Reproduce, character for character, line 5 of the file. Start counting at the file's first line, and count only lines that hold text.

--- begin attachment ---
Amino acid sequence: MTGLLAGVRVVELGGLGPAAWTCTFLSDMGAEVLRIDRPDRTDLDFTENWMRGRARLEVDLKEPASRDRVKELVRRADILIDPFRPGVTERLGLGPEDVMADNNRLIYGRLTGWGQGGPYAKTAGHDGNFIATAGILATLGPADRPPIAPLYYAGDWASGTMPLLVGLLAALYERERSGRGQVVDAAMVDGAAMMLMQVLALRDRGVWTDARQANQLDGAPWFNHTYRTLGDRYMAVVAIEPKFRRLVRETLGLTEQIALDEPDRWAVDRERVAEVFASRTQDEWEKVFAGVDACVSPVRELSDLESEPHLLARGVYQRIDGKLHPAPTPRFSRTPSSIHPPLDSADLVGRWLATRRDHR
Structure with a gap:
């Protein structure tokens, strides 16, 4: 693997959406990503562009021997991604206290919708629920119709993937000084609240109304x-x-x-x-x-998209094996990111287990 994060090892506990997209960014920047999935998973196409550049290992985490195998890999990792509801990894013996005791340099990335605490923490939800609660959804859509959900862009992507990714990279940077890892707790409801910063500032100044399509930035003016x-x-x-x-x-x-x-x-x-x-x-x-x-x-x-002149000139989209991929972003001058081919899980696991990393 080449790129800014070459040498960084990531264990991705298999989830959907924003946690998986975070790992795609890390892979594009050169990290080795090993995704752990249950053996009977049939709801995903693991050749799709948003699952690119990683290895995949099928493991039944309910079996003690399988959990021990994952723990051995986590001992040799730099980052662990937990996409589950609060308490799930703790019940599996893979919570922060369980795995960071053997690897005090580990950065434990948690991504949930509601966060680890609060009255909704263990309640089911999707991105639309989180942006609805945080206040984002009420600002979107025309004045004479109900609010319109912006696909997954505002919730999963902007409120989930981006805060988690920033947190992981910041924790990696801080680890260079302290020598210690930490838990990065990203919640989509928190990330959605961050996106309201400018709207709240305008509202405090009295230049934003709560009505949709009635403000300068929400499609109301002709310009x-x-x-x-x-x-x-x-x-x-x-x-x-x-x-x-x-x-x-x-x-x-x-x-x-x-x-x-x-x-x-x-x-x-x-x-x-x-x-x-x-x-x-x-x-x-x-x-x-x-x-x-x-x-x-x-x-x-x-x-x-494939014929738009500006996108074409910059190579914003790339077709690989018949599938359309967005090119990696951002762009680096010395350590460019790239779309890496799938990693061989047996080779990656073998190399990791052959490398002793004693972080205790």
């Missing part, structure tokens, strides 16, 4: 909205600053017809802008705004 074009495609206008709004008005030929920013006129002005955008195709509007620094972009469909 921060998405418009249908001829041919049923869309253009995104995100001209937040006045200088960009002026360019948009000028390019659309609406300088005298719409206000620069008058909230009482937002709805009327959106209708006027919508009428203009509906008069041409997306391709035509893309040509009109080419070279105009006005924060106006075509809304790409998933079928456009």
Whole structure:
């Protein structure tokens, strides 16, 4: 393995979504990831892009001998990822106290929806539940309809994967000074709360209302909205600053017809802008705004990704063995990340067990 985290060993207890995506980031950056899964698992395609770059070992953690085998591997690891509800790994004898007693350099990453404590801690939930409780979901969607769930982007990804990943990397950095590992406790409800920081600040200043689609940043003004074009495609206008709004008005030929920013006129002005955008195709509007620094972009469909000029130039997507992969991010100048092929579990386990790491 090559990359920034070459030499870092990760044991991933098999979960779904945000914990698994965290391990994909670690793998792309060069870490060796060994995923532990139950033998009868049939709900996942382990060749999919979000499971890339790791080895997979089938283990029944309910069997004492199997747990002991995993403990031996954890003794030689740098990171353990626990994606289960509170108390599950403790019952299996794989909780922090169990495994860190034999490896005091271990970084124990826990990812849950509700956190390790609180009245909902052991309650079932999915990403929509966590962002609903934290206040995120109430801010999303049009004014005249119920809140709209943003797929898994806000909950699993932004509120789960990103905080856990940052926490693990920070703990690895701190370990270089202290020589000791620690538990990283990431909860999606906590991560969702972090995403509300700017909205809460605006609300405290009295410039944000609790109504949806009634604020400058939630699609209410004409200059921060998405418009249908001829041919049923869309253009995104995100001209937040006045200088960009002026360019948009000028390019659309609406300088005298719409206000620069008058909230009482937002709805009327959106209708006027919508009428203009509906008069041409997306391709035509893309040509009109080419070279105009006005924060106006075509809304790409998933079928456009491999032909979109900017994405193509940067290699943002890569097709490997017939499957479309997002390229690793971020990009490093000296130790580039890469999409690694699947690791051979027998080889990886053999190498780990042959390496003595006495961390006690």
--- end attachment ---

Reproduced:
Whole structure: